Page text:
Connect with us


Crews were dredging the river. Instead of muck, they pulled up three cannons and a mystery




You never know what you’ll find.

How about three guns that can date from the American Revolution, an anchor and a probable piece of ship wood?

The Army Corps of Engineers halted work in the area after the discovery in late February east of Georgia’s famous River Street. He then sent signals to maritime experts, historians and those who have worked at river destruction sites, asking them for their insight into the findings.

British warships Phoenix and Rose engaged American ships in New York during the Revolutionary War.  Experts say Rosa led the formation of the forerunner of the United States Navy.
Archaeologists and British Royal Navy are offering an even more intriguing and exciting possibility.

Last week they told CNN that, depending on the measurements and appearance, the guns could be from HMS Rose, a famous British warship that mixed it with settlers during the revolution or, as the UK calls it, the War of Independence. Nearly 250 years ago, the British destroyed the ship on the Savannah River to block the canal and prevent French ships from coming to the aid of settlers trying to retake the city.

Research, diving and sonar explorations of the site will be carried out before anyone knows for sure, if possible, the provenance and context of the artifacts. For now, there is a mix of caution when it comes to reaching conclusions and captivating possibilities.

“It could (tell) a part of Savannah’s story that hadn’t been seen in a long time,” the district’s body archaeologist Andrea Farmer said of the discovery.

So why were there British troops in Savannah?

A brief refresher course may be to answer this question.

The 13 colonies, determined to gain their independence, fought against the forces of King George III on land and sea. The British, hoping to receive support royalists in the south, took Savannah in 1778, only to find himself defending it less than a year later.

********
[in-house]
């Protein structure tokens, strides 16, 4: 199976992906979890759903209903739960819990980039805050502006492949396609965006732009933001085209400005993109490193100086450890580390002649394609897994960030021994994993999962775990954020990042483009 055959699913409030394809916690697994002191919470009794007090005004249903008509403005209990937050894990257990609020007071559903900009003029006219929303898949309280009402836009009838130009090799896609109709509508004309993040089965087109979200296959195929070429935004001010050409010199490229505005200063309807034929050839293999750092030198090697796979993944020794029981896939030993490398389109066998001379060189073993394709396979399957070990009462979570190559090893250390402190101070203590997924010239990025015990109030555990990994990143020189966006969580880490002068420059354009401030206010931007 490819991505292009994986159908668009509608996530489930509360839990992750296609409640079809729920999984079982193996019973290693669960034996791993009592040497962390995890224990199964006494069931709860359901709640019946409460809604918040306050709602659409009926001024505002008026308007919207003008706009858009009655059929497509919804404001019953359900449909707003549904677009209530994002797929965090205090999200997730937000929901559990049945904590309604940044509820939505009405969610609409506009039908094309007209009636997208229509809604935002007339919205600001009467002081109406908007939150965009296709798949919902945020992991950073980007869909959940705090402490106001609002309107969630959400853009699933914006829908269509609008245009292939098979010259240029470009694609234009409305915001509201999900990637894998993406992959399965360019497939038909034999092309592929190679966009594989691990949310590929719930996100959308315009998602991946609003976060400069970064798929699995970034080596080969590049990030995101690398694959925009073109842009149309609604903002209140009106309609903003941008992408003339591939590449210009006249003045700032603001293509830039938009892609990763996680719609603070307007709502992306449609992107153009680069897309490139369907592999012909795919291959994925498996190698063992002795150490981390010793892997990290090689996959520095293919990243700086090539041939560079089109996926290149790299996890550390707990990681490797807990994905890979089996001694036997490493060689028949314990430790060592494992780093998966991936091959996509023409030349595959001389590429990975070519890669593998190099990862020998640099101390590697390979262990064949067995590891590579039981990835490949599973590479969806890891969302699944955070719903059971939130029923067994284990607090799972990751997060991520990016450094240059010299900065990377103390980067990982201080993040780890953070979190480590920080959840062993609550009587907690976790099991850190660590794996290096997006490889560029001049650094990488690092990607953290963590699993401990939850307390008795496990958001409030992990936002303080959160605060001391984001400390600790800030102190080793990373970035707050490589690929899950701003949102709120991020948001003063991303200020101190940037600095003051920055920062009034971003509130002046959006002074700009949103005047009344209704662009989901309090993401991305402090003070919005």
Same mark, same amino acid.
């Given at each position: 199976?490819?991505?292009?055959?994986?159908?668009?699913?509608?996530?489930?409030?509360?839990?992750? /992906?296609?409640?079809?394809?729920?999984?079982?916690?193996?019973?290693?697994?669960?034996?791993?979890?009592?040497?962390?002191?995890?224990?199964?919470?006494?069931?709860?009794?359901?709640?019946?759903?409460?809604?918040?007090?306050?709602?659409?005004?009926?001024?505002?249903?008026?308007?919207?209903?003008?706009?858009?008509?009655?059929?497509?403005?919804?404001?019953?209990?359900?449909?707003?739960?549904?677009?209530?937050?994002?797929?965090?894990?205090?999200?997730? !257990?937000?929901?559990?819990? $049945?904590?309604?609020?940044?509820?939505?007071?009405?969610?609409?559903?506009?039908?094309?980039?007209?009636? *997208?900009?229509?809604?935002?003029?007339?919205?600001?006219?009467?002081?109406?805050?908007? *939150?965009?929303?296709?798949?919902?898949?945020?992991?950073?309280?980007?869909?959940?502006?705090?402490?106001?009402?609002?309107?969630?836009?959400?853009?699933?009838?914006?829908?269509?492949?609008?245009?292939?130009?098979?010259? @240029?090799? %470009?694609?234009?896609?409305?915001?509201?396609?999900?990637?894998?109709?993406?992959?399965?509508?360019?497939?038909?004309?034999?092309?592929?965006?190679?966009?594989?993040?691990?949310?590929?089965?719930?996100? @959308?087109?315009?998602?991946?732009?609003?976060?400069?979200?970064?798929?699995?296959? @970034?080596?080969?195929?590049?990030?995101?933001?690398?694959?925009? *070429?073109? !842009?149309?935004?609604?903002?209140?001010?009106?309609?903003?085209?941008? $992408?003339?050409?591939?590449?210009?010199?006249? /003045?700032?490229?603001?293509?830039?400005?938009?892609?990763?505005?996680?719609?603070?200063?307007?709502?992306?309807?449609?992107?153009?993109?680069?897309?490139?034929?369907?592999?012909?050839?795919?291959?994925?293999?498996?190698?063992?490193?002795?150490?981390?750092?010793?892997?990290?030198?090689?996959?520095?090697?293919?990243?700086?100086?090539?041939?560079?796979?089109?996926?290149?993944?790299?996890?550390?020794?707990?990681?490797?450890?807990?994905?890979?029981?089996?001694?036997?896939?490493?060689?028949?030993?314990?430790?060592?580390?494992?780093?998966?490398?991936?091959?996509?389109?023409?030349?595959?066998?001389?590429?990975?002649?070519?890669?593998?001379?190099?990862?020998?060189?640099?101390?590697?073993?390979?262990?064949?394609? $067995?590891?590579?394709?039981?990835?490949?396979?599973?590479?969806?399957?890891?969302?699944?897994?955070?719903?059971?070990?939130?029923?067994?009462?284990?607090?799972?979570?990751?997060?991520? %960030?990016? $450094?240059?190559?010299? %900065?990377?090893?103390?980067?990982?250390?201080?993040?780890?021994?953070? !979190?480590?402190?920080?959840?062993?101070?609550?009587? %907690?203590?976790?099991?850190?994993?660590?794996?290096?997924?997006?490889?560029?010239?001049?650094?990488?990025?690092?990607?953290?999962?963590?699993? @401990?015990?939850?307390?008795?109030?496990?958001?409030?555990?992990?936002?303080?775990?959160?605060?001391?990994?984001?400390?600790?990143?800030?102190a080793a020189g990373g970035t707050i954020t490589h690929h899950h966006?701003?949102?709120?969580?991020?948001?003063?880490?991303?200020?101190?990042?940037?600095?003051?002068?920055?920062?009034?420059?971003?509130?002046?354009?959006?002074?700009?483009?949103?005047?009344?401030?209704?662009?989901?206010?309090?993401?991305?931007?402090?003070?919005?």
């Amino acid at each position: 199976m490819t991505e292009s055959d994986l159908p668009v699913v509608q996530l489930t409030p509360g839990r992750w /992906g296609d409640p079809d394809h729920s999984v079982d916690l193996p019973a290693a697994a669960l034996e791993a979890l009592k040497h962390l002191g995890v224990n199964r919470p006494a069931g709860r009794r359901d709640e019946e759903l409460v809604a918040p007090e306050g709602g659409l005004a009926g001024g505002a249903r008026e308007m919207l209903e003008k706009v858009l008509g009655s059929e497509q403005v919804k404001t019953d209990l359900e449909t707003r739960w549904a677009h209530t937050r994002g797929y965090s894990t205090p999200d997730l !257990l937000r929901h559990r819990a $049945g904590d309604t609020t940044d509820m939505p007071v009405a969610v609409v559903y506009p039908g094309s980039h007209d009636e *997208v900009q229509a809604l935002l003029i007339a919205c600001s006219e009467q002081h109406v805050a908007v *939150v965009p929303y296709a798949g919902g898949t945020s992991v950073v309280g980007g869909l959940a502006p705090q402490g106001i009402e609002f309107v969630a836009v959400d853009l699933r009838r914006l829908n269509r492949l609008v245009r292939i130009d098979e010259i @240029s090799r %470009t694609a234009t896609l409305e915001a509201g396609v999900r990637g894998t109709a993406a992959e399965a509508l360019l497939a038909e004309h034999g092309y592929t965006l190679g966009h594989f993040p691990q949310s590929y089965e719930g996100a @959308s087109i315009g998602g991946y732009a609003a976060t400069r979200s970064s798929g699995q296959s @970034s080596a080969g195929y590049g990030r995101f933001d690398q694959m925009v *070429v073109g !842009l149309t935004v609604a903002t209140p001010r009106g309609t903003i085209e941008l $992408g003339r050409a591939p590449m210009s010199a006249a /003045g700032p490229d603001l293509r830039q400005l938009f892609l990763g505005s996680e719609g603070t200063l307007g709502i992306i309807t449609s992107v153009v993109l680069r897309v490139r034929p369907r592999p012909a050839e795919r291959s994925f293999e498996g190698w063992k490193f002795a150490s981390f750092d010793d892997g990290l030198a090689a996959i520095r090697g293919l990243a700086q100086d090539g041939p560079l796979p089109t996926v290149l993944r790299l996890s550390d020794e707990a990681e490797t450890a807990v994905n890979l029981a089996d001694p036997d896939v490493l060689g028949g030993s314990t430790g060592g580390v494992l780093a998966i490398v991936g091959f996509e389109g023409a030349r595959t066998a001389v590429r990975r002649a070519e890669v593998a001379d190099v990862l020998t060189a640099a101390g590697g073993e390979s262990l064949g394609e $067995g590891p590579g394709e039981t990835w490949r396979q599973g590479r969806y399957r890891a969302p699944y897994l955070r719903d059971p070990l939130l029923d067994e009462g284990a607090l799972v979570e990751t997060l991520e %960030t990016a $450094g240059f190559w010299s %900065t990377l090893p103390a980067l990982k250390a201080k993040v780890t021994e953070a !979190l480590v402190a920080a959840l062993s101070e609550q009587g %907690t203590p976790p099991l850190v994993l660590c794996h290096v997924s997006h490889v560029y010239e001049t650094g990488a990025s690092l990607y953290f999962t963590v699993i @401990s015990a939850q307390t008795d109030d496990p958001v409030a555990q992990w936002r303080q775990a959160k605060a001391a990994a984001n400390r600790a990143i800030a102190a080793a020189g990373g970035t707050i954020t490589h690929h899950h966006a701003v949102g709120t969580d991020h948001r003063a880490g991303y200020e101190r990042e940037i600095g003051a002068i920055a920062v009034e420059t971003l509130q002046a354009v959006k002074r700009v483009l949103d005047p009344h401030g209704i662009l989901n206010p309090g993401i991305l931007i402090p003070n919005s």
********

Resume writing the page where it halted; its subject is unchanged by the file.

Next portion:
Two cannons are shown during an information session of the Army Corps of Engineers in Savannah.

HMS Rose, with its 20 guns and 160 sailors, was brought in to help fellow Redcoats.

The warship was already famous, as it had been a “scourge” for the settlers, as the Royal Navy says. He quelled smuggling in Rhode Island, leading to the formation of the forerunner of the United States Navy.

The Rose fought and patrolled New York’s waterways and parts of the east coast before it stayed south.

At Savannah, the ship was sacrificed on September 19, 1779, to prevent the French allies from joining the siege at this point in the river. The British finally he won the battle and controlled the city until almost the end of the war.
6 skeletons found at a pirate shipwreck site could point to its legendary captain

The guns seem to date back to the mid-1700s, before the Civil War about a century ago, which closely aligns with the history of HMS Rose. They measure about 5 feet long. Additional study and sediment removal from the canyons can provide information on when and where they were made.

“We’re seeing if they came from a single context or if the anchor came from a later ship,” Farmer told CNN.

Archaeologists and historians believe that HMS Rose may have been partially recovered at some point after its wreck.

This is another of the countless mysteries surrounding the recovery of artifacts: do the remains of HMS Rose in the river bed have any shape or form? Officials said they will be part of their work in the coming months.

“I think it’s fantastic and interesting when artifacts from maritime history come to light,” Cmdr said. Jim Morley, United Kingdom’s Deputy Naval Assistant in Washington. “It just gives us a chance to look back on our common maritime history and history in general.”